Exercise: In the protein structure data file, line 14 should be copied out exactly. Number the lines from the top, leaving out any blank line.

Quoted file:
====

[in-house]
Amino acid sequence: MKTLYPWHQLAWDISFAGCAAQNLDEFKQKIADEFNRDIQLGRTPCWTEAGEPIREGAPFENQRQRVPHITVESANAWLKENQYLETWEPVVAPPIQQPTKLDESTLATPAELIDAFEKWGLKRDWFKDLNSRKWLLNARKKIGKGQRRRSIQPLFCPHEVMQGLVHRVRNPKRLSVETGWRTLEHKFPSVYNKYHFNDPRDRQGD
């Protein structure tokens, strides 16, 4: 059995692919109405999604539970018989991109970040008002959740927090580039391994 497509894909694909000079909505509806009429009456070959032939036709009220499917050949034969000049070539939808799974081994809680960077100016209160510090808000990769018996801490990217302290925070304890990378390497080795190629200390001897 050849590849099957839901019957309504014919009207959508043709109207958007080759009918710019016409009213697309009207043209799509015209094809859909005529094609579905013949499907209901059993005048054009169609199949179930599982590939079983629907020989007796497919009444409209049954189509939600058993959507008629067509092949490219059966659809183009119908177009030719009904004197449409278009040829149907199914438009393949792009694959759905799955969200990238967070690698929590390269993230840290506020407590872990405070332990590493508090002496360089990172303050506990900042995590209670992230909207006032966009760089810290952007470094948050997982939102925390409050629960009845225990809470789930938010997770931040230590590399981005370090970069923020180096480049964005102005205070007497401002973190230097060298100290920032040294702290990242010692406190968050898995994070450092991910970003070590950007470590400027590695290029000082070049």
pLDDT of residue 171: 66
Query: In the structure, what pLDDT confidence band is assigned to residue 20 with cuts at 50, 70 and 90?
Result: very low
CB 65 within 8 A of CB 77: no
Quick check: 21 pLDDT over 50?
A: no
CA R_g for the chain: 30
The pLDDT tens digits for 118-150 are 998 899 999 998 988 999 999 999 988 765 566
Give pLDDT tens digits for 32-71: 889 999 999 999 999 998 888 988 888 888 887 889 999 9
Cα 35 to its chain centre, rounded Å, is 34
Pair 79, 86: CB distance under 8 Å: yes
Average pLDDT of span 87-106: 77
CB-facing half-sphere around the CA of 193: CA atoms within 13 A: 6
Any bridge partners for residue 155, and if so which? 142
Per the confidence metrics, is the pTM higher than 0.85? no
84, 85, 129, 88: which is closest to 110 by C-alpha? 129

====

Pair 79, 86: CB distance under 8 Å: yes